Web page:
Termination Schemes

For an incremental procedure based on iterative methods to be effective, practical termination schemes should be provided. At the end of each iteration, convergence should be evaluated within realistic tolerances. Very loose tolerances will lead to inaccurate results, while very strict tolerances can needlessly increase the computational cost. A bad divergence check can end the iterative process when the solution has not diverged or allow the process to continue searching for unrealizable solution.

A number of procedures have been introduced as convergence criteria for terminating an iterative process. Three convergence criteria will be discussed below:

Displacement Convergence

This criterion is based on the displacement increments during iterations. It is given by:

|{ΔU}(i)| < εd |t+Δt{U}(i)|

where |{α}| denotes the Euclidean norm of {α}, and εd is the displacement tolerance.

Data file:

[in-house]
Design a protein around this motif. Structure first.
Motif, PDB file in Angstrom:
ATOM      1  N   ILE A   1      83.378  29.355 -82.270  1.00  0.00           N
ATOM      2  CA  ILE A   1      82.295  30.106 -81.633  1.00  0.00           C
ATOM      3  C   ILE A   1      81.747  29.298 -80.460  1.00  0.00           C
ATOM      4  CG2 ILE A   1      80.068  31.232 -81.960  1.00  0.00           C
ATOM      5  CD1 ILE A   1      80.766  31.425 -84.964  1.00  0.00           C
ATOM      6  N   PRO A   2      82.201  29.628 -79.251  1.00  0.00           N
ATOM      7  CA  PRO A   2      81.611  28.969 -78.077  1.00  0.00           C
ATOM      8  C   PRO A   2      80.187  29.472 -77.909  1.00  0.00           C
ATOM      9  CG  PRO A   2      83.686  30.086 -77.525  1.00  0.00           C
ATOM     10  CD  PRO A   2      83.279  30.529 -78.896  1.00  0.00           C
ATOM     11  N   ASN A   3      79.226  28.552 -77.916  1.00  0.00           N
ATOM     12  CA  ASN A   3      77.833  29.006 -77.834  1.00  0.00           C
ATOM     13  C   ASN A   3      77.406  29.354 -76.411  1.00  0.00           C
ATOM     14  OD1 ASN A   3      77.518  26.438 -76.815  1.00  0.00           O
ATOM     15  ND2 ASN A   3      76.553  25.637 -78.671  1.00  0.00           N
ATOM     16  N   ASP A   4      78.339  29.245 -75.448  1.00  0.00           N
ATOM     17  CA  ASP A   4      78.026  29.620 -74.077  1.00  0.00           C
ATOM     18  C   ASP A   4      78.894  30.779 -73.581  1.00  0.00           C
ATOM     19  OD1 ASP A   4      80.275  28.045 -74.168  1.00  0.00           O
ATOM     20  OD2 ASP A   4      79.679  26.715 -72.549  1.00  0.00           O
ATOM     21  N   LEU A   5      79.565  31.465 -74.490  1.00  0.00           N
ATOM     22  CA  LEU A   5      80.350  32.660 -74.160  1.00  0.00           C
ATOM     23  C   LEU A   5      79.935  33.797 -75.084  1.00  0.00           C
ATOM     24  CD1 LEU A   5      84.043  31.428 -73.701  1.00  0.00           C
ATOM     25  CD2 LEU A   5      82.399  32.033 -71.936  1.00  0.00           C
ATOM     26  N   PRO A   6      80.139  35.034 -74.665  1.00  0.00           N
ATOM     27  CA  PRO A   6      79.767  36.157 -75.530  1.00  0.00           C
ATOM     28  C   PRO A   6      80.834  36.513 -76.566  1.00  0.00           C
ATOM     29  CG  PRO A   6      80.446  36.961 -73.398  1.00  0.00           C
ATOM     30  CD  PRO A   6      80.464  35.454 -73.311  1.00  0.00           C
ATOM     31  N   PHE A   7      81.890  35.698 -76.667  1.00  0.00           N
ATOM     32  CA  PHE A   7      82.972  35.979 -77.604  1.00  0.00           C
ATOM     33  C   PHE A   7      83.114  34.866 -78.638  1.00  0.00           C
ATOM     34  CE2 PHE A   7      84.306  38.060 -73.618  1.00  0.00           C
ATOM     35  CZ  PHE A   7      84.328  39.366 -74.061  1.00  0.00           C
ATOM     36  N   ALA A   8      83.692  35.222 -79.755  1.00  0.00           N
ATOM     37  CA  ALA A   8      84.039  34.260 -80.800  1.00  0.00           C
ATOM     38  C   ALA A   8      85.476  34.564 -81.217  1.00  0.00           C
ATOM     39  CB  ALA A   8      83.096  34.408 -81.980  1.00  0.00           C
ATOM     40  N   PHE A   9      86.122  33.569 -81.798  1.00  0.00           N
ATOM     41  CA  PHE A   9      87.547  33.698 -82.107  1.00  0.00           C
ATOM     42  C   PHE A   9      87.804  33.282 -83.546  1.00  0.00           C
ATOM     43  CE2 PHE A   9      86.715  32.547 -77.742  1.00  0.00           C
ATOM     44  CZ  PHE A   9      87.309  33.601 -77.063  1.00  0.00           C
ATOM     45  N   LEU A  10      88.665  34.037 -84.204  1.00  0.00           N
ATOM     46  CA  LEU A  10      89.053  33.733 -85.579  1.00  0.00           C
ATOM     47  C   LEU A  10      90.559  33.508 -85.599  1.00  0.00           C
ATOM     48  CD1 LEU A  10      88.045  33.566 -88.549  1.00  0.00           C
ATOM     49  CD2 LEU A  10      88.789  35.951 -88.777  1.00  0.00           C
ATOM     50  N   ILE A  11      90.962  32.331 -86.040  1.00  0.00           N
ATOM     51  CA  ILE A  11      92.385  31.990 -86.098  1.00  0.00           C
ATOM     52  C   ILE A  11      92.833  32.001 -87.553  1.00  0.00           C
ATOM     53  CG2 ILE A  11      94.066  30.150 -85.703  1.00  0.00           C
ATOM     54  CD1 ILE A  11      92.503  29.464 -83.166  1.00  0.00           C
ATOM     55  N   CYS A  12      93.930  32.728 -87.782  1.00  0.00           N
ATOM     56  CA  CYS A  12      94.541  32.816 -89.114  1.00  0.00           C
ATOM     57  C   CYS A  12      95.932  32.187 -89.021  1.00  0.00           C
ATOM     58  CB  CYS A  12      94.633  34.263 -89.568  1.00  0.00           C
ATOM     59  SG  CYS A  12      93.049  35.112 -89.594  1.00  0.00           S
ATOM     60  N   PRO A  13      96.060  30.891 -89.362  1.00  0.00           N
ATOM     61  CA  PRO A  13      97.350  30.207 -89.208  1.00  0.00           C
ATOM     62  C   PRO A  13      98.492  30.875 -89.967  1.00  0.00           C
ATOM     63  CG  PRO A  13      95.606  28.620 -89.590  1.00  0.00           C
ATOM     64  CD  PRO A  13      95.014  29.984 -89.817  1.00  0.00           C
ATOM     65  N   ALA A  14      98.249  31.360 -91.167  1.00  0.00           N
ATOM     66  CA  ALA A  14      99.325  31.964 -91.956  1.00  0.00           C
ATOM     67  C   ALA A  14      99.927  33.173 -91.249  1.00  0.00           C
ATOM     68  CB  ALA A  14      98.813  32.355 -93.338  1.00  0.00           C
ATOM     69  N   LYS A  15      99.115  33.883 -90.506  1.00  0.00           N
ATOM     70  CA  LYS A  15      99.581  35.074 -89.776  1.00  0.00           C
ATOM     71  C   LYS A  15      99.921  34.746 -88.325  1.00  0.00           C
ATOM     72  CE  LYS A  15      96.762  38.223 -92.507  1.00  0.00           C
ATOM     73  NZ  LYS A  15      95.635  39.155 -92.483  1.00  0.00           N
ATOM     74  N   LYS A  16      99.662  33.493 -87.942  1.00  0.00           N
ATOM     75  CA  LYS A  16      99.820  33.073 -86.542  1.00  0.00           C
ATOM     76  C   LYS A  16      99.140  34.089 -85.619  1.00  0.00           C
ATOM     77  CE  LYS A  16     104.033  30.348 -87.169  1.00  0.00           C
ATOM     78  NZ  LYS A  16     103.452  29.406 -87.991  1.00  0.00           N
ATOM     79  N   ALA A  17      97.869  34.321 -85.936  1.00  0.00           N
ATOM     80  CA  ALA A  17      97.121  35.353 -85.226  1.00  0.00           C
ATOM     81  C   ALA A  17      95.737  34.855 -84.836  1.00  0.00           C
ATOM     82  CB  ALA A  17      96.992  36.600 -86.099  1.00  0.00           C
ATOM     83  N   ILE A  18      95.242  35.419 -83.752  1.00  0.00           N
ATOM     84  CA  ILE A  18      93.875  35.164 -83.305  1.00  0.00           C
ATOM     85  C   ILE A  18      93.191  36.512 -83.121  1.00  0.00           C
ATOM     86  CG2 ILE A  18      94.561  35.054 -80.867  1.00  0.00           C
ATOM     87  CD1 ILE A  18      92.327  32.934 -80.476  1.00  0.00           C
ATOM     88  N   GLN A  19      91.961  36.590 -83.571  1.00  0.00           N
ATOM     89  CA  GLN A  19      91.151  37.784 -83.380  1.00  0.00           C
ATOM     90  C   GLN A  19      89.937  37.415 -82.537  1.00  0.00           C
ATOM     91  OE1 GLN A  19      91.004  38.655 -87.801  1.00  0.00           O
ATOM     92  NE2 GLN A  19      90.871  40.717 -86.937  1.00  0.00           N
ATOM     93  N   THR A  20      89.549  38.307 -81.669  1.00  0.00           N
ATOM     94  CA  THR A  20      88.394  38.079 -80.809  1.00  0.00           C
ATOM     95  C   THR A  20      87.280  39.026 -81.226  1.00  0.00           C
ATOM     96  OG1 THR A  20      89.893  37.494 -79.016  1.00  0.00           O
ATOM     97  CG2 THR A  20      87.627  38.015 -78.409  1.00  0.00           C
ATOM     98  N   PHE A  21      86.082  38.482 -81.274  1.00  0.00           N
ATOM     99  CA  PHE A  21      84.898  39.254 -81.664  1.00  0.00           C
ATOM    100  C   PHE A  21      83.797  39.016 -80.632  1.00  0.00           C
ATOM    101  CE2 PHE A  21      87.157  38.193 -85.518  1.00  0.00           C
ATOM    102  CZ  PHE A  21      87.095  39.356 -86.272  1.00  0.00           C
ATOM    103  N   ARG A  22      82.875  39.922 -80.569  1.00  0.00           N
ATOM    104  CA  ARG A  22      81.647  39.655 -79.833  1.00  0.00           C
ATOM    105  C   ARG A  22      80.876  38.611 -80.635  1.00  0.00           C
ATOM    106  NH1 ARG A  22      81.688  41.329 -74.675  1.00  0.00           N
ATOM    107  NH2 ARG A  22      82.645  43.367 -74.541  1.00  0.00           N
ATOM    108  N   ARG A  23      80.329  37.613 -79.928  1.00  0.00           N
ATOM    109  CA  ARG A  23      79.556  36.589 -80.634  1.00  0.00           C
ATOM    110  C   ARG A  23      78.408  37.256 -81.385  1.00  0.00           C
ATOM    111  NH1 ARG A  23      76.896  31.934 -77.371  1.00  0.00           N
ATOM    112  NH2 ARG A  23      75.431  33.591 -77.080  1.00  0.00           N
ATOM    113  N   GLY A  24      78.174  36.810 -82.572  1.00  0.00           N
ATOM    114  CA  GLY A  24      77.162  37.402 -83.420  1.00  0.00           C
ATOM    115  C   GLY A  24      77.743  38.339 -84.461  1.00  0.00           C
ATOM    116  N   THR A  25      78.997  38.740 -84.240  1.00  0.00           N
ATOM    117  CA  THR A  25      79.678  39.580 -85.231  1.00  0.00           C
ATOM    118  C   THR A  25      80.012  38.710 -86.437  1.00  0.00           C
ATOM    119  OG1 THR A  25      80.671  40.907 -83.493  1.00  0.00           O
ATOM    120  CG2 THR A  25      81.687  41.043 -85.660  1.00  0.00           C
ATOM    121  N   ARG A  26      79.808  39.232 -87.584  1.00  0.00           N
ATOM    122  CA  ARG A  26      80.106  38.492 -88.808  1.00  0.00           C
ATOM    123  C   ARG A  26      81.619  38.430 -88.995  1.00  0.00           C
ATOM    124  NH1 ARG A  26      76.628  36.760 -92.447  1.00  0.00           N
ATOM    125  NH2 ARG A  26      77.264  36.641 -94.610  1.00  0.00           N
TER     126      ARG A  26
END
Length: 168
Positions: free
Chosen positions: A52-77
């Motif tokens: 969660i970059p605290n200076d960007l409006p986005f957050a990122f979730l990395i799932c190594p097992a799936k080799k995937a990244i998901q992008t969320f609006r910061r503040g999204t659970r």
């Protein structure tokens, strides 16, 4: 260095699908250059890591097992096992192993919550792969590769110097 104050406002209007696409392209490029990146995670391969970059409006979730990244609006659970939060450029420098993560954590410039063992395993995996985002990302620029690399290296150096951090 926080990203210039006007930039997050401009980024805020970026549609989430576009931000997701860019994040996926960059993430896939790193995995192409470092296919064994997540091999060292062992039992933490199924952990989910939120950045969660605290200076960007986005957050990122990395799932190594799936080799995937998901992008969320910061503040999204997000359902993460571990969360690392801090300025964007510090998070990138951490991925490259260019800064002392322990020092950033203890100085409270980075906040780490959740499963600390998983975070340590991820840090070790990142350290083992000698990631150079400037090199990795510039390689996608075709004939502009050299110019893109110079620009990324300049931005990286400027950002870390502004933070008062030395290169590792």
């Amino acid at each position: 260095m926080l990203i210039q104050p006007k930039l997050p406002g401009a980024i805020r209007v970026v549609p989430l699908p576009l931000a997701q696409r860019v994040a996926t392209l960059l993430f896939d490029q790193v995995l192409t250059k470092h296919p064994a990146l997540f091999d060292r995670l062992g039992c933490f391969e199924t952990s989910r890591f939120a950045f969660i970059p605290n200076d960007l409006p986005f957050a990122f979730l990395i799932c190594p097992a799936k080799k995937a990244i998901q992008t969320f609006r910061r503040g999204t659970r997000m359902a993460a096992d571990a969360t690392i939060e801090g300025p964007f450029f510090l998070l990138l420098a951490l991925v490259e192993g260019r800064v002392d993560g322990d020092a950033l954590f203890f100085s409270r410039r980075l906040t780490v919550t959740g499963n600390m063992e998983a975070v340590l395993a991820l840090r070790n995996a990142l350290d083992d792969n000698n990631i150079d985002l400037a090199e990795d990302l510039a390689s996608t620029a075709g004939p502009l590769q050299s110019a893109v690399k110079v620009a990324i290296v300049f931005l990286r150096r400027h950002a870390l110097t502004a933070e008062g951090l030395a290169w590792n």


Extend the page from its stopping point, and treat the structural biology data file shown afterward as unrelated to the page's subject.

Force Convergence

This criterion is based on the out-of-balance (residual) loads during iterations. It requires that the norm of the residual load vector to be within a tolerance εf of the applied load increment, i.e.,

|t+Δt{R} - t+Δt{F}(i)| < εf |t+Δt{R} - t{F}|

Energy Convergence

In this criterion, the increment in the internal energy during each iteration, which is the work done by the residual forces through the incremental displacements, is compared with the initial energy increment. Convergence is assumed realized when the following condition is satisfied:

({ΔU}(i))T (t+Δt{R} - t+Δt{F}(i-1)) < εe ({ΔU}(1))T (t+Δt{R} - t{F})

where εe is the energy tolerance.

In addition, a number of schemes are used as divergence criteria. One of these schemes is based on the divergence of the residual loads. Another is based on the divergence of the incremental energy.